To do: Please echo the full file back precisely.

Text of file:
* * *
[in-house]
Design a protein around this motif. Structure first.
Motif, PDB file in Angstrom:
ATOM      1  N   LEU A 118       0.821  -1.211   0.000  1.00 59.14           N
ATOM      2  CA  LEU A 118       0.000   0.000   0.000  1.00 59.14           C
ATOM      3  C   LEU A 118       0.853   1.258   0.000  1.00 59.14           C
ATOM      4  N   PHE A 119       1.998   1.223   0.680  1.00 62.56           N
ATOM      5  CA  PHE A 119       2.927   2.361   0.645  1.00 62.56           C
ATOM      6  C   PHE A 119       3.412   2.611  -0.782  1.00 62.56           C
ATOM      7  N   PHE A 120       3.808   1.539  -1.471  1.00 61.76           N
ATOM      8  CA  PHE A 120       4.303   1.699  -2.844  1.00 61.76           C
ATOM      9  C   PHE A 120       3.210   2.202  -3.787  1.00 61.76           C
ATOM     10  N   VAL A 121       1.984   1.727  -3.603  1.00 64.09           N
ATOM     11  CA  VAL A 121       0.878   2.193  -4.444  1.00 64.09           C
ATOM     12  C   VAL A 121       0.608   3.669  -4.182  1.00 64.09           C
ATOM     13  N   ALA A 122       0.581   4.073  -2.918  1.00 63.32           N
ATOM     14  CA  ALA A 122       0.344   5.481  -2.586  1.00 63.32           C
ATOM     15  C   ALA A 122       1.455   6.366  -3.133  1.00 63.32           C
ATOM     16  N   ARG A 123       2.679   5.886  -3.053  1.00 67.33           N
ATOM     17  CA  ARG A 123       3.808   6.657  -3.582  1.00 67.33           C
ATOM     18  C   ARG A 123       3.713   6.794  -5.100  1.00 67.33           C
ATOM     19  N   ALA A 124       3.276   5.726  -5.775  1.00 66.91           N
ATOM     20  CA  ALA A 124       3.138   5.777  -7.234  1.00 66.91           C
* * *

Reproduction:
[in-house]
Design a protein around this motif. Structure first.
Motif, PDB file in Angstrom:
ATOM      1  N   LEU A 118       0.821  -1.211   0.000  1.00 59.14           N
ATOM      2  CA  LEU A 118       0.000   0.000   0.000  1.00 59.14           C
ATOM      3  C   LEU A 118       0.853   1.258   0.000  1.00 59.14           C
ATOM      4  N   PHE A 119       1.998   1.223   0.680  1.00 62.56           N
ATOM      5  CA  PHE A 119       2.927   2.361   0.645  1.00 62.56           C
ATOM      6  C   PHE A 119       3.412   2.611  -0.782  1.00 62.56           C
ATOM      7  N   PHE A 120       3.808   1.539  -1.471  1.00 61.76           N
ATOM      8  CA  PHE A 120       4.303   1.699  -2.844  1.00 61.76           C
ATOM      9  C   PHE A 120       3.210   2.202  -3.787  1.00 61.76           C
ATOM     10  N   VAL A 121       1.984   1.727  -3.603  1.00 64.09           N
ATOM     11  CA  VAL A 121       0.878   2.193  -4.444  1.00 64.09           C
ATOM     12  C   VAL A 121       0.608   3.669  -4.182  1.00 64.09           C
ATOM     13  N   ALA A 122       0.581   4.073  -2.918  1.00 63.32           N
ATOM     14  CA  ALA A 122       0.344   5.481  -2.586  1.00 63.32           C
ATOM     15  C   ALA A 122       1.455   6.366  -3.133  1.00 63.32           C
ATOM     16  N   ARG A 123       2.679   5.886  -3.053  1.00 67.33           N
ATOM     17  CA  ARG A 123       3.808   6.657  -3.582  1.00 67.33           C
ATOM     18  C   ARG A 123       3.713   6.794  -5.100  1.00 67.33           C
ATOM     19  N   ALA A 124       3.276   5.726  -5.775  1.00 66.91           N
ATOM     20  CA  ALA A 124       3.138   5.777  -7.234  1.00 66.91           C